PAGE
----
Wynwood Residents Complain of 'Illegal' Dumping Next to Apartments, Art Galleries
A scrap heap on land owned by Wynwood developer David Lombardi. In the background, the New Arena apartment complex.
Michael E. Miller
The sign says: "Available Development Site: 3.35 Acres. Will Build to Suit."
But there's no building going on at the corner of NW 2nd Ave. and 22nd Terrace. Instead, dump trucks come and go at all hours of the day and night, depositing giant piles of asphalt and gravel torn off of Biscayne Blvd. Neighbors say the noise and dust is making them sick.
"I've asked to see the permit for six months, but they can't seem to find it," says Wynwood loft resident Liz Fate. "I've got a suspicion that none of this is quite legal."
But David Lombardi, the owner of the lot, insists that everything at the site is legit.
"Illegal dumping? I don't know where you guys come up with this," he says. "I own the 3 acres, and I have a lease with American Engineering... They're not even dumping. They're storing gravel, storm drains, and asphalt from Biscayne Boulevard."
"This is not some secret project," adds Lombardi, a major real estate developer in Wynwood. American Engineering did not return Riptide requests for comment.
Yet Fate says Lombardi and the city have ignored her complaints for months.
"I thought they were actually building something for a while, so I was tolerant," she says. "But it's just a dump."
Not only does she doubt that Lombardi or American Engineering have the proper permits, but she says the site is dangerous.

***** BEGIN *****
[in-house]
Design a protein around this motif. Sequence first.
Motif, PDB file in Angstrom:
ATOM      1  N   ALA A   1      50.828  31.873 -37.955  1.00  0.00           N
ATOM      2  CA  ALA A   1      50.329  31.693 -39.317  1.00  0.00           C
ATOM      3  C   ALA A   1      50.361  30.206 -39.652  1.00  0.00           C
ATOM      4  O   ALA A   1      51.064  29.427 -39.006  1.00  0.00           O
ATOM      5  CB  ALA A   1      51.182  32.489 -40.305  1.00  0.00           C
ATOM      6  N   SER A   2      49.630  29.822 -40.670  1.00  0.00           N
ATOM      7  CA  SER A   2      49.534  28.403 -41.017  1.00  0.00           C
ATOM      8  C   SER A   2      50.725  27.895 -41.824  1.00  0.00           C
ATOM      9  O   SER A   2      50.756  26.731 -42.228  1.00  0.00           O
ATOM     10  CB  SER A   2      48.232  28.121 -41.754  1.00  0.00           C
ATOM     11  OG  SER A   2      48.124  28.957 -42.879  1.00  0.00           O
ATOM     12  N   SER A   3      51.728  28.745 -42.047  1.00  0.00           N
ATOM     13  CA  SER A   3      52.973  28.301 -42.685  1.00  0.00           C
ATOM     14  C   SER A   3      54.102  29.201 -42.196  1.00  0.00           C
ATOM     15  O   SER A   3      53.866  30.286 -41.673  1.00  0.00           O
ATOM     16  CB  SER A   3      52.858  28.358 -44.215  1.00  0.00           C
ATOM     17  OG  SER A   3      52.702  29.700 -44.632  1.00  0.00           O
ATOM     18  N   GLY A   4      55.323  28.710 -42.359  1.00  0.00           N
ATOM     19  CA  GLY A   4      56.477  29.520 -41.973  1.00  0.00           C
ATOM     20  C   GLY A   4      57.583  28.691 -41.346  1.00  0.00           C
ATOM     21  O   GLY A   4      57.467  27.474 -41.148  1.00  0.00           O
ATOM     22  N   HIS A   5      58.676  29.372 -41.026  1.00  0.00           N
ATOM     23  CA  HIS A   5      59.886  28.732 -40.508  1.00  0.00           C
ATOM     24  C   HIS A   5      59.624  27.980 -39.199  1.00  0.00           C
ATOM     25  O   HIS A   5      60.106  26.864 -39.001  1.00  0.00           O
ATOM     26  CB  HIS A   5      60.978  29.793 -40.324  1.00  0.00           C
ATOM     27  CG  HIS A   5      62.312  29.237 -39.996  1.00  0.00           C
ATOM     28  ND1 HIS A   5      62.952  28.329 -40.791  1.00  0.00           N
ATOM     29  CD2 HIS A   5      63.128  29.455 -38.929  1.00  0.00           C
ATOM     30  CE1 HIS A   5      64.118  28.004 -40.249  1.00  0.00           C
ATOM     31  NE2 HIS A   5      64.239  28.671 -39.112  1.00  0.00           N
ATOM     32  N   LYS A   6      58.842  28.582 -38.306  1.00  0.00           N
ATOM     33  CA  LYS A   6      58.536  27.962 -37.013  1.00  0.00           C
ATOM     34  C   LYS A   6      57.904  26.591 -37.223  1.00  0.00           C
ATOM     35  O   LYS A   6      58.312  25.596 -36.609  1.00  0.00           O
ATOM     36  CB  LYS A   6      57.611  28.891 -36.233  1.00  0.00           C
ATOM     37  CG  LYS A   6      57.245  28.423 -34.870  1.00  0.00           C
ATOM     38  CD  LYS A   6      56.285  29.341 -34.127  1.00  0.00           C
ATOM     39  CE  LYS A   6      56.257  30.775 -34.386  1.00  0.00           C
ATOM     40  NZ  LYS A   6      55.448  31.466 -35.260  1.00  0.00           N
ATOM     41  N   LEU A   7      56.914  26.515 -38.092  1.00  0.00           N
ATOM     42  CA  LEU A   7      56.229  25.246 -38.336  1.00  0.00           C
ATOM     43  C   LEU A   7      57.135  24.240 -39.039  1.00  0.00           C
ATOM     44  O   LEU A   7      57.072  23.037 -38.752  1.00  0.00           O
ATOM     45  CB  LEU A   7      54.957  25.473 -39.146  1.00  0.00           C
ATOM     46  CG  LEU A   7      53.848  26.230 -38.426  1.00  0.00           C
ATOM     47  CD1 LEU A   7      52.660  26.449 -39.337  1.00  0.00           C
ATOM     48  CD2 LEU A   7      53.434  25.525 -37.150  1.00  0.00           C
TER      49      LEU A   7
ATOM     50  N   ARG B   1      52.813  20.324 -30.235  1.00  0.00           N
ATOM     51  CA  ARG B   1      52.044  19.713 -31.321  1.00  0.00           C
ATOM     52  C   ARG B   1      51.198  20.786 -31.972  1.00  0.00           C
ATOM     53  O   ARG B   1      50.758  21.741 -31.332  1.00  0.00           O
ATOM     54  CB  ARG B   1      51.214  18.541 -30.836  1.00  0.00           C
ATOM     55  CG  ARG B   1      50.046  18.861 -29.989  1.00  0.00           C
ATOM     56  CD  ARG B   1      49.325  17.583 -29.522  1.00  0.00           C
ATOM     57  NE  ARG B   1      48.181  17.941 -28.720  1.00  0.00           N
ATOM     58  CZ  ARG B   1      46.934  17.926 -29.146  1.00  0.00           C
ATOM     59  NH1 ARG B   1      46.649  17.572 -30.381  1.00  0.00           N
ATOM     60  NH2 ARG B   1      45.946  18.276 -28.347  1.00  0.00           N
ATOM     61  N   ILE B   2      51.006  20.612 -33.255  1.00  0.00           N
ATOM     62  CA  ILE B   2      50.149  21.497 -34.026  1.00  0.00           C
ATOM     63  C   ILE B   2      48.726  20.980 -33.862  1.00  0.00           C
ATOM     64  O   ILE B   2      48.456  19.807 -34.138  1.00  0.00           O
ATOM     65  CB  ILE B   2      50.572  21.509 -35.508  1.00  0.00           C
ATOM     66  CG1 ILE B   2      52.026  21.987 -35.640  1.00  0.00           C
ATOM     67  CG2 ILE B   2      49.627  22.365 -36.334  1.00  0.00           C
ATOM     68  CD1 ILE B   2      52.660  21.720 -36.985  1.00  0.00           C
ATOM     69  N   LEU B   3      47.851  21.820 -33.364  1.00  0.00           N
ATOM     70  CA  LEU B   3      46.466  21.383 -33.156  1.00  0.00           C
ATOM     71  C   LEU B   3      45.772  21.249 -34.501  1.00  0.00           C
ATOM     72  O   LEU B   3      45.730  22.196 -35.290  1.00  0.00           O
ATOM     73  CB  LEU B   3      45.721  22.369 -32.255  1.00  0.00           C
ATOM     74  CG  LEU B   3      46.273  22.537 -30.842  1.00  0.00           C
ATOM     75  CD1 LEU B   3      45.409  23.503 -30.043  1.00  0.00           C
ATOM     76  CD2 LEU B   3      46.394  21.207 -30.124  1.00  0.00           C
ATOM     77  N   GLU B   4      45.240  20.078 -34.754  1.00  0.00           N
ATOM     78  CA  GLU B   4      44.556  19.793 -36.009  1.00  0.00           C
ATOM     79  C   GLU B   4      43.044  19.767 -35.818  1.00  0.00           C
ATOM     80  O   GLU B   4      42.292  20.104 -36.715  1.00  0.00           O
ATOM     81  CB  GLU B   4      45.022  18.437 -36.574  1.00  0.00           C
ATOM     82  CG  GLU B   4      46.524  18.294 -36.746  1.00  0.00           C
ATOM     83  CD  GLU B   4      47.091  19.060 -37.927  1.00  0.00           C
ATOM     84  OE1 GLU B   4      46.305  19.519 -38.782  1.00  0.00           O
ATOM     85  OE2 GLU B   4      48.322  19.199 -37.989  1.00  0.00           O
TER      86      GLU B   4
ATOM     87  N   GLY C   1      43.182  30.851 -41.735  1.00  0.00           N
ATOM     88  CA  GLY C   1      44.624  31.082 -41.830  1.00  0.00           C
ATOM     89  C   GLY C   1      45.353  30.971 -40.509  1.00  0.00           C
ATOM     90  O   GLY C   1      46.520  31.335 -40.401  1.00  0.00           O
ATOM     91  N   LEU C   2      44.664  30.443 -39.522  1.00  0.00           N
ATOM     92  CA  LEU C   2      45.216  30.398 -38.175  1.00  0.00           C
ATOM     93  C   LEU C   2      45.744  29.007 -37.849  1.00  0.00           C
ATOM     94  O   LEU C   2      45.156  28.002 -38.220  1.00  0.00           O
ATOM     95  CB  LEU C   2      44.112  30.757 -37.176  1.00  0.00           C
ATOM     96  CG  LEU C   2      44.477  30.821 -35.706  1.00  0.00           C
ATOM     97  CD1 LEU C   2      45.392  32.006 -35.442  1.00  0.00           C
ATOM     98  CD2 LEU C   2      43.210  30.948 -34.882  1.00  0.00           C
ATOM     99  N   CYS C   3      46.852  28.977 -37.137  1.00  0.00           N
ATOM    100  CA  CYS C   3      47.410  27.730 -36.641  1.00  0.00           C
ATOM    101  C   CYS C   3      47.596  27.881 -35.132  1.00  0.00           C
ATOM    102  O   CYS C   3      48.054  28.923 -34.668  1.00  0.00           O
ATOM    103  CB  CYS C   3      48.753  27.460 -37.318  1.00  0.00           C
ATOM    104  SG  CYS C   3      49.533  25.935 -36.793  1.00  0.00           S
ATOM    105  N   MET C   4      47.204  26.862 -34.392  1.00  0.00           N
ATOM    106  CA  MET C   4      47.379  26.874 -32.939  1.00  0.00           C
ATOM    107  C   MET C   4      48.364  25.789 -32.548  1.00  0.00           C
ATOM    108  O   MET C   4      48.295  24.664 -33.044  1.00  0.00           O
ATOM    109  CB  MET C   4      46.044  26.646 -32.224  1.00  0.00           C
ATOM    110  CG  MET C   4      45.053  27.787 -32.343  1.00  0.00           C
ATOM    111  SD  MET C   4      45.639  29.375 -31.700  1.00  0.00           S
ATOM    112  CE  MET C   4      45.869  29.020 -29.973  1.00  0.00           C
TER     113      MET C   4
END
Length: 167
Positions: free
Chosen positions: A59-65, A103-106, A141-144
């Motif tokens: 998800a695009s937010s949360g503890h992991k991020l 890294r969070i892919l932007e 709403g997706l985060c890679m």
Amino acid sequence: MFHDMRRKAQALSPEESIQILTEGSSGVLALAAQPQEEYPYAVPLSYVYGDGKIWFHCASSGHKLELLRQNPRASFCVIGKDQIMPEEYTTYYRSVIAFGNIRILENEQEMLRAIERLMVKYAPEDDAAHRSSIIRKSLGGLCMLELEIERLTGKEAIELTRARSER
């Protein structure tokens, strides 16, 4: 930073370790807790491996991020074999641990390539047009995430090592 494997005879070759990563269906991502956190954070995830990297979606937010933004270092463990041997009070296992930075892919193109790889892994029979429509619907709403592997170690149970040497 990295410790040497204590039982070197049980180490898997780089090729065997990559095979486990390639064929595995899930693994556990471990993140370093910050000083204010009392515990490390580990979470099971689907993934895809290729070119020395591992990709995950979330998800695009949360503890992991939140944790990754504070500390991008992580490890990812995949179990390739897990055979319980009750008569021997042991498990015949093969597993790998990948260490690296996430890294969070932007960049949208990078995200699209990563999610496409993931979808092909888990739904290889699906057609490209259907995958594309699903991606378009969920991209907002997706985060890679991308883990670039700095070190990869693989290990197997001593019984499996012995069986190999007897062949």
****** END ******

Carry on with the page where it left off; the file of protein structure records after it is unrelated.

"There's hazardous dust everywhere, blowing through my window, the AC unit," Fate complains. Plus there's gasoline and other chemicals seeping from the asphalt into the ground, she says.
Fate isn't the only Wynwood resident pissed over the plot of land.
"They wake us up every morning," says Christina Johnson, a resident at New Arena apartments next to the dump.
"It'd be 3 o'clock in the morning, they don't care," says her friend, Demetria White. "They go all day and all night, non-stop. The hours are illegal."
Dumps like a truck, truck, truck.
Michael E. Miller
Fate says that she, too, has complained about the noise and incessant activity.
Lombardi admits that he had to call American Engineering last fall, but insists that the company now only works regular hours on the lot. He says that if there is still any noise late at night, it's probably the Charlie's Angels TV studio located nearby.
Lombardi argues that Fate is trying to pass off a personal gripe as a community issue.
"Liz doesn't like the noise outside of her loft window," he says. "She wants it stopped, but it is in my right to lease this land for... light industrial use. That's what it is zoned for."
He also dismisses her claims that dust filled with heavy metals is causing asthma problems for residents, not to mention unsafe dining conditions for food trucks on Saturday nights.
"Is she a chemical engineer?" Lombardi scoffs. "Drive by and take a photo. You tell me what the fuck is going on."
Fate insists that there is something shady going on with the lot. Despite dozens of calls to DERM, FDOT, Lombardi, and city commissioner Richard P. Dunn II, no one has ever shown her a permit authorizing the dump.
"I should have just sued them a long time ago," says Fate, a lawyer. "But this is a symptom of a bigger problem."
"Wynwood is at the cusp right now," she adds. "It's going to be either something really great or something really cheesy."
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